Recently on a podcast a viewer tweeted in to ask “What was my favourite female protagonist growing up?” It should have been an easy question but after pausing for an extra long 10 seconds where “Tails is not actually a girl” was spinning round my mindhole over and over, I defaulted to Lara Croft who was the ONLY female protagonist of my childhood I could think of. Despite me wanting to throw the PS1 controller (and the subsequently attached PS1) out the window as her hexagonal head dumbly stared away from attackers or she moaned “No, wrong key” in her ever present monotone, she was my only option.
As the younger of two sisters, even in games where you could choose a female character, such as Streets of Rage, my sister ultimately got first pick and so chose the token female before I even got a chance. It probably wasn’t until I started playing Tekken many years later that I even played a female character I actually liked. I loved Nina Williams electric punches, but still if given the choice I would go with Eddie Gordo due to my young hearts fascination with Brazil and his fighting style Capoeria.
In fact looking back through the roster of games I loved, Sonic, Ape Escape, Disney Titles, Spyro, Final Fantasy all had male lead protagonists. In Pokemon from the second gen I could play as a boy or girl, and while I was delighted by this, it was mostly superficial, and I still often play as the boy to liven things up a bit. Despite this as a child I don’t think I even noticed the lack of female protagonists. If I was given a choice I would always choose the character I most identified with, this was often a girl, but could be the feminine haired Hwoarang for example.
I think this is something everyone does. Whether it’s my sister and I fighting over who got to be Miss Scarlet in Cluedo or her picking the white female character in Micro Machines, leaving me with the black female character. On reflection, I found this interesting as I obviously identified with my gender first and race second. Though had there been a feminine looking male with long, blonde hair, I could have just as easily chosen him.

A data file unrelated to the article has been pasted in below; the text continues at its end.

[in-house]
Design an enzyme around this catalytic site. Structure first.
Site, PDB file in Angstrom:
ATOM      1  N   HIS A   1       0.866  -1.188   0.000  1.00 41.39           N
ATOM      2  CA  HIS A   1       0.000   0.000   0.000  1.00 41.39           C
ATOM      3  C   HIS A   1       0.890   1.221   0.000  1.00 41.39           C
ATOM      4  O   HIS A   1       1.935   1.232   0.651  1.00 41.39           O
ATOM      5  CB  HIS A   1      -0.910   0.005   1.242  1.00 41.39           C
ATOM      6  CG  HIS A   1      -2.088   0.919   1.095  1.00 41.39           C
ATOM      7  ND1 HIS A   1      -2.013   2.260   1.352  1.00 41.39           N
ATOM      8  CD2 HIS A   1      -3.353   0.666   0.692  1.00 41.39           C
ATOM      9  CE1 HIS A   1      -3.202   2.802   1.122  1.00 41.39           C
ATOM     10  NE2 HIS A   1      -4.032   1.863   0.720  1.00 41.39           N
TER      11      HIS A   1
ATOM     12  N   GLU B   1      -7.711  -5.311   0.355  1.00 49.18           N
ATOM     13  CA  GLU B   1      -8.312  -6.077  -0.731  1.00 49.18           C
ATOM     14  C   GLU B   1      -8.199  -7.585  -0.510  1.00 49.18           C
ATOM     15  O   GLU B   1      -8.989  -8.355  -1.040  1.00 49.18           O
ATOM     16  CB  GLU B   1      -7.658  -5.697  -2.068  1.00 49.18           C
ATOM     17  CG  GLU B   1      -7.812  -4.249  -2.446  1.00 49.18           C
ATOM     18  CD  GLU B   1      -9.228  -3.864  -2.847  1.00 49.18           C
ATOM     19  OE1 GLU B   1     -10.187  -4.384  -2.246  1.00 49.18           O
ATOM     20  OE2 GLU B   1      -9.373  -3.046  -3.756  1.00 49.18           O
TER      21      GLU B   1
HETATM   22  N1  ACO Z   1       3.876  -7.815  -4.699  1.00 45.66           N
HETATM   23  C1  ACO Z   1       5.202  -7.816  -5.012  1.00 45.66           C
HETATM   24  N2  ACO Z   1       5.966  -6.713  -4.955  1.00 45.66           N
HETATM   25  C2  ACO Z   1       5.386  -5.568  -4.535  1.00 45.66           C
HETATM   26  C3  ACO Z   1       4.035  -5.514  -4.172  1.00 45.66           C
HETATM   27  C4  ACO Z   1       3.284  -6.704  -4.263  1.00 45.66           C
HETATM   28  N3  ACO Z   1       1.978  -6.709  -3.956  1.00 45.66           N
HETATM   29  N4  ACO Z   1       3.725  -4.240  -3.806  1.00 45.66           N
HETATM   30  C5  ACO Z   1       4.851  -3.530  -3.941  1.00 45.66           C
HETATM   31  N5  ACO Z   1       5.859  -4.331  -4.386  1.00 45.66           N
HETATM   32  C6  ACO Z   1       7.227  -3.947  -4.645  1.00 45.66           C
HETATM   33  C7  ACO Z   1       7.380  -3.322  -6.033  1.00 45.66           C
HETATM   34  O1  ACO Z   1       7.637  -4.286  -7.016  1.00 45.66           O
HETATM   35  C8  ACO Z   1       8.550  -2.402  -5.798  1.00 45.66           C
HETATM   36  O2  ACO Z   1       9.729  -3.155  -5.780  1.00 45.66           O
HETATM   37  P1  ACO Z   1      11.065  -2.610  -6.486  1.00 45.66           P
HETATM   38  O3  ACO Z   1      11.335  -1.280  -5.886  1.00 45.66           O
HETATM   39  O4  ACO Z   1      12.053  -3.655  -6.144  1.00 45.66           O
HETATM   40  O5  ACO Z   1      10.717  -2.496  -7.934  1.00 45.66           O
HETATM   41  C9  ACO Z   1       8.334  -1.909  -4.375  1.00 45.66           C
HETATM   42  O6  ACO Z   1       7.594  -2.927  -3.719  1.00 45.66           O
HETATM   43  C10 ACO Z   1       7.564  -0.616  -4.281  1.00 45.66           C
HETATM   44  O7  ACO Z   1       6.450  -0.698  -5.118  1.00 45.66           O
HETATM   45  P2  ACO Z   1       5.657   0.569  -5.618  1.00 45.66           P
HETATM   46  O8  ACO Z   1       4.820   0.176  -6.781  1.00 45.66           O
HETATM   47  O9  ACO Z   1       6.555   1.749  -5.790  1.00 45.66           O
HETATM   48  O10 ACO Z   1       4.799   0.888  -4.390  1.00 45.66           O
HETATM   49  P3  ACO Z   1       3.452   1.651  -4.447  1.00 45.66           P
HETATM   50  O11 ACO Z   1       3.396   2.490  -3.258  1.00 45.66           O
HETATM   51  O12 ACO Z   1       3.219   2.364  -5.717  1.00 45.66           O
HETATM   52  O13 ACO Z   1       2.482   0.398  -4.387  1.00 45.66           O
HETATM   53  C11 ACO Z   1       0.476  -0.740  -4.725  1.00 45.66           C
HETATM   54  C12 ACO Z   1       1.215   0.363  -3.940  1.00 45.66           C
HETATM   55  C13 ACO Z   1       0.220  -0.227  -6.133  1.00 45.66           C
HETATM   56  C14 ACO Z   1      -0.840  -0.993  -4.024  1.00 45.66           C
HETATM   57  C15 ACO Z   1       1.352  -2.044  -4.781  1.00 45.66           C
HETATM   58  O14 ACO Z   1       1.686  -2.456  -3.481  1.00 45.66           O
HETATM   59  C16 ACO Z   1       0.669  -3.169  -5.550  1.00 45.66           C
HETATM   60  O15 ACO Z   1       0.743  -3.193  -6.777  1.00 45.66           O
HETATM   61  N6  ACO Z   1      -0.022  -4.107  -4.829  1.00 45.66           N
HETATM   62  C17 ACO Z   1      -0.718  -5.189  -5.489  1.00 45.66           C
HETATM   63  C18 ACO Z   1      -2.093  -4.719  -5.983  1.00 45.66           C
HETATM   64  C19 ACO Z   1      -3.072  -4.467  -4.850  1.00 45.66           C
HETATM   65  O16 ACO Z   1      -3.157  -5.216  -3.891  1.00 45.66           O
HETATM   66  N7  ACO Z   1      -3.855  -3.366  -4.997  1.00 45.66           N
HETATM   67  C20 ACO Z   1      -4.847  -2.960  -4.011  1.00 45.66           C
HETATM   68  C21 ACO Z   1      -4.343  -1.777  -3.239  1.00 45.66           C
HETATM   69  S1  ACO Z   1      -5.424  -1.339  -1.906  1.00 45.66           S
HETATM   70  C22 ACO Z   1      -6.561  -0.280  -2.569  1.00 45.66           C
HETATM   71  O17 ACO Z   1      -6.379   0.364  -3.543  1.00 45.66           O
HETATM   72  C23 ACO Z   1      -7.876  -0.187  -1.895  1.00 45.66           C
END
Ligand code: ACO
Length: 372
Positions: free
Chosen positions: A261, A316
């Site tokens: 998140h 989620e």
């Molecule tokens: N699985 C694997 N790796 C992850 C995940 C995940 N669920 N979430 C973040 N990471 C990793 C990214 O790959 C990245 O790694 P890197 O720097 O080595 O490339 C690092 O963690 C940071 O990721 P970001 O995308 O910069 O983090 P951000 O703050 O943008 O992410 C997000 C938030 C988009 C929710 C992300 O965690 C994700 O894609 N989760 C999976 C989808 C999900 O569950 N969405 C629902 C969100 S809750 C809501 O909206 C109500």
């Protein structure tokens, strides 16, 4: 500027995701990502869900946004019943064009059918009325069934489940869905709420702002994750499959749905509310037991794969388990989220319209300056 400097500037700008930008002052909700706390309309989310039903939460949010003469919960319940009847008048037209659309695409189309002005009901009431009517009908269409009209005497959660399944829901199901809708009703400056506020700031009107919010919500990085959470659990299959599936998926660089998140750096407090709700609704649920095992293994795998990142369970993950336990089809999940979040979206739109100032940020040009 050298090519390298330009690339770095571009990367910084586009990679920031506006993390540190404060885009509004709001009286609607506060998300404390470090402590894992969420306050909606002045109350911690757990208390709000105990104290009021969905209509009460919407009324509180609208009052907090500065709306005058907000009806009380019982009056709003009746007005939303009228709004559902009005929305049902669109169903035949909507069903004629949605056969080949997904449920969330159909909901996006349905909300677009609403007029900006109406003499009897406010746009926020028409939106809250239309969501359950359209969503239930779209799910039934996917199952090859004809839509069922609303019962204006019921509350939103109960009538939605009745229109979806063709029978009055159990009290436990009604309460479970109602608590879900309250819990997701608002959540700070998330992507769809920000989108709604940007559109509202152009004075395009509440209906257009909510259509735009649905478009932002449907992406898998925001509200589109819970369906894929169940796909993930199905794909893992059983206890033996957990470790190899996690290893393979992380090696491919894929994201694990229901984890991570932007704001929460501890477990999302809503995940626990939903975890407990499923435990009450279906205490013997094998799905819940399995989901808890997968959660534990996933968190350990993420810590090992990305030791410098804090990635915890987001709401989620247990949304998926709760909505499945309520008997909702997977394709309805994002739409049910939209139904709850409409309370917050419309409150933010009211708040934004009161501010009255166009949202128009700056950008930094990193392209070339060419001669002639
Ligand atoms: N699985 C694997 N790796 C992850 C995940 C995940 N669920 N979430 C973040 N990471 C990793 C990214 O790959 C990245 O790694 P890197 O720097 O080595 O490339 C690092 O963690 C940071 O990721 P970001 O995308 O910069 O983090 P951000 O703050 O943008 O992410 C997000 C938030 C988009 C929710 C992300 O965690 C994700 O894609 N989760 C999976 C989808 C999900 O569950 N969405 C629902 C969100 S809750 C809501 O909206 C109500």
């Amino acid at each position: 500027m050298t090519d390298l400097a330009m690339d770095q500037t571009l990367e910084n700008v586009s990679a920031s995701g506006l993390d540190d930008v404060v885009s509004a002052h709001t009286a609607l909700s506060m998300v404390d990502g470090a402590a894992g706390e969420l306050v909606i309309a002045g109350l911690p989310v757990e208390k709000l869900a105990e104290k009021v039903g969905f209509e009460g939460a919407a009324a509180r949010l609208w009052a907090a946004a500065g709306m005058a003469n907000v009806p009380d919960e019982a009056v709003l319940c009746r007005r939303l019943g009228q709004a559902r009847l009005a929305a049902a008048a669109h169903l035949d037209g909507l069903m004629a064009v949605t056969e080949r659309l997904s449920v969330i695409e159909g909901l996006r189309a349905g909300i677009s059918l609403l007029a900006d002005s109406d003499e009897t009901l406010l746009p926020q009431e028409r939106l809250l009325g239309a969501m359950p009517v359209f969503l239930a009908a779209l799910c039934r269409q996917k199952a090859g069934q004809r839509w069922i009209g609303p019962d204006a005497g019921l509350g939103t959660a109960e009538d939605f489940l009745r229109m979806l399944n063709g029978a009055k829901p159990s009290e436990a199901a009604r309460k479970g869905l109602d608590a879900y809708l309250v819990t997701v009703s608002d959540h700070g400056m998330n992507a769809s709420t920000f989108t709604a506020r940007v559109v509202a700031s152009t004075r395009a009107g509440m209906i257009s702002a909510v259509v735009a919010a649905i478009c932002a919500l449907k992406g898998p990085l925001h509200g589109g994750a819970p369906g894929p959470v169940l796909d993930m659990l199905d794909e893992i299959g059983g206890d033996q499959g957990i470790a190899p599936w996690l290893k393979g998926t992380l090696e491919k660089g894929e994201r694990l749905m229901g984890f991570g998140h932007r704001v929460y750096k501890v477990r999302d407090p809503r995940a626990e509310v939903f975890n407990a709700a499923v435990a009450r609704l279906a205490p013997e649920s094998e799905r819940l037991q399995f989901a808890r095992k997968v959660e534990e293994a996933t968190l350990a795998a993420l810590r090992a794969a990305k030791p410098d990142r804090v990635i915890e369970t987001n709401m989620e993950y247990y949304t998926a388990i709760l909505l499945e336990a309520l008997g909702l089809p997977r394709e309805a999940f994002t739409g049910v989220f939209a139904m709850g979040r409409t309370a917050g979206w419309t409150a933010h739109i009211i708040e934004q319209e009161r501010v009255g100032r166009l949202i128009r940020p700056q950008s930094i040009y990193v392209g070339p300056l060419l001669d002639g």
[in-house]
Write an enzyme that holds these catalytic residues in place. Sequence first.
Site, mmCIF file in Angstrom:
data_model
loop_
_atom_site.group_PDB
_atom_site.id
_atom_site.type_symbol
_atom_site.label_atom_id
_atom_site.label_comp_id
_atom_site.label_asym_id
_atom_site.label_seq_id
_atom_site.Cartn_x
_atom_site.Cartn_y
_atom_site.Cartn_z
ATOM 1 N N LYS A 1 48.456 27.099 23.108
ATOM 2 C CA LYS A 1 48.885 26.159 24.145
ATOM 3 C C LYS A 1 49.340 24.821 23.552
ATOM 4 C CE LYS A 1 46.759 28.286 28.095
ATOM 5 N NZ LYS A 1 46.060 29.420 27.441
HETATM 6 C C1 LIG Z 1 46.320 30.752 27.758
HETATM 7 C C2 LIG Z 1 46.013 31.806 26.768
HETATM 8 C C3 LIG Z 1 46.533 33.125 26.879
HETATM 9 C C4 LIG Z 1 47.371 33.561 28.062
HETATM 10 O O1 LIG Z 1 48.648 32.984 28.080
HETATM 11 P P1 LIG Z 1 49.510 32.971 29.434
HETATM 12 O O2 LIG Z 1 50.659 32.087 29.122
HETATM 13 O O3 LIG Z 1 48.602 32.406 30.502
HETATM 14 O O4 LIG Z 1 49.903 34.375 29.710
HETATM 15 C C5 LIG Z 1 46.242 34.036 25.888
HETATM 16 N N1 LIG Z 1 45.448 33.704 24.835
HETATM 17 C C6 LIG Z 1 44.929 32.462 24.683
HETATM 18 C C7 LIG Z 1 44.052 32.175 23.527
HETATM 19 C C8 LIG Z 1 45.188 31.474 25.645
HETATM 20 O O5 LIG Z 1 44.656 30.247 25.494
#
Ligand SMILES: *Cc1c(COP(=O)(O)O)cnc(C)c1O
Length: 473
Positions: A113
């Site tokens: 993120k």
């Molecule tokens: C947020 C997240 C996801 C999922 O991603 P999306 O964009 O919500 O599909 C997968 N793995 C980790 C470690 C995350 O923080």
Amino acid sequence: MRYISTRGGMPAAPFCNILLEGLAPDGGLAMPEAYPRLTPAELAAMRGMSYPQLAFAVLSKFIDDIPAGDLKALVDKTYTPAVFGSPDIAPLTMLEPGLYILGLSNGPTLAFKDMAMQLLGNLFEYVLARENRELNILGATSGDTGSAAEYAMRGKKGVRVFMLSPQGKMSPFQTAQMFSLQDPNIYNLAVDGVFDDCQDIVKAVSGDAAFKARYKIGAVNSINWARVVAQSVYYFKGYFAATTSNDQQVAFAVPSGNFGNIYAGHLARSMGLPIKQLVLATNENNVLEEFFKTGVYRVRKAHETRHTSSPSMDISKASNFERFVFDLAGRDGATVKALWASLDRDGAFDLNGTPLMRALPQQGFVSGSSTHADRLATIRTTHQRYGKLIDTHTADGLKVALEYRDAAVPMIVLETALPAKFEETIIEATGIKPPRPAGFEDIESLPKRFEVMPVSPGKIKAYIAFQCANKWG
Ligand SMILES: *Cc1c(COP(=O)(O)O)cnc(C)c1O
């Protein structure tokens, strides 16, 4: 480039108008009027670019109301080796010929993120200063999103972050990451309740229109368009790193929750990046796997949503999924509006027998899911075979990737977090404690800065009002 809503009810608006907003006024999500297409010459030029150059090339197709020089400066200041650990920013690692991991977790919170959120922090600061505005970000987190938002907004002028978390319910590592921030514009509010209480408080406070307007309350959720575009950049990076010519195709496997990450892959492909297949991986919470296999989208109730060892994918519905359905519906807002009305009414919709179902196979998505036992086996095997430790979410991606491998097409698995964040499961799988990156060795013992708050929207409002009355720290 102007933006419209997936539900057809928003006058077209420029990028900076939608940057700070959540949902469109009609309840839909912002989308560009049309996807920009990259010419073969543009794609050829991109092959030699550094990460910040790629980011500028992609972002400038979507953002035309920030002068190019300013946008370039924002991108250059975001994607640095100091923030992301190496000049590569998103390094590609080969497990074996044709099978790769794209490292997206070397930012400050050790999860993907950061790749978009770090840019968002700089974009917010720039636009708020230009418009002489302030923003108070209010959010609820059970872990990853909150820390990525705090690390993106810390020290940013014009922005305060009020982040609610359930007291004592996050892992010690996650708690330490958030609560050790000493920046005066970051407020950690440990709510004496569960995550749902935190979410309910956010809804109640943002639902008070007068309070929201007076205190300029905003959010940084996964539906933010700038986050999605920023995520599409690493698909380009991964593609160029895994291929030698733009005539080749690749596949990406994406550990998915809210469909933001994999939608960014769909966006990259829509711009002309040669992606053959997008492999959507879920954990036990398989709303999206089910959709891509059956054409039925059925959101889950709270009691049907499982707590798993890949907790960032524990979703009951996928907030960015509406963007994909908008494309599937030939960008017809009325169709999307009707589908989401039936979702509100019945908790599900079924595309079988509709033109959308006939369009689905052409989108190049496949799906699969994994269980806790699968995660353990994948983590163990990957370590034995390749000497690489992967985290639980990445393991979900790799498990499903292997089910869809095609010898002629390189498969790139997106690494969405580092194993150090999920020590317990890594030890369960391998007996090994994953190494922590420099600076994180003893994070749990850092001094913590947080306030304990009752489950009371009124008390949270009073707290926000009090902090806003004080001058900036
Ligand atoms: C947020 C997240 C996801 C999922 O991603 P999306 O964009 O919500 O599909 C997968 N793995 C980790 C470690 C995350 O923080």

Looking back on the past and still present lack of female protagonists in video games, I pondered on whether this was the huge problem everyone claims it to be. While I would say that my experience of playing the recently controversial Bayonetta 2 was certainly heightened by the character Jeanne, who I identified with as a gorgeous, kick-ass version of myself, if say Rodin had her moves, I could have as easily chosen him. When playing recent games such as Hyrule Warriors or Borderlands: The Pre-Sequel! I chose Link and Claptrap respectively based on their special abilities. While admittedly a female character could have been given these special powers I personally enjoy playing, they weren’t , in the same way that male characters aren’t given Jeanne’s high attack, low defence fighting style which suits mine.
I think what’s more important than having a playable character of your gender is to have a character you identify with. While more female protagonists, or simply choice of protagonists in general is always nice, personally play style and identification is far more important. As the younger sibling, my sister often ran off ahead of me, leaving me in the dust, she was in complete control, and while I had my own special skills, she only waited around if she needed me. In other words I was Tails. I identified with the character so strongly I believed him to be female, because I was female and I was him.
So if you ask me who my favourite female protagonist of my childhood was, it’s Tails. Genitals irrelevant.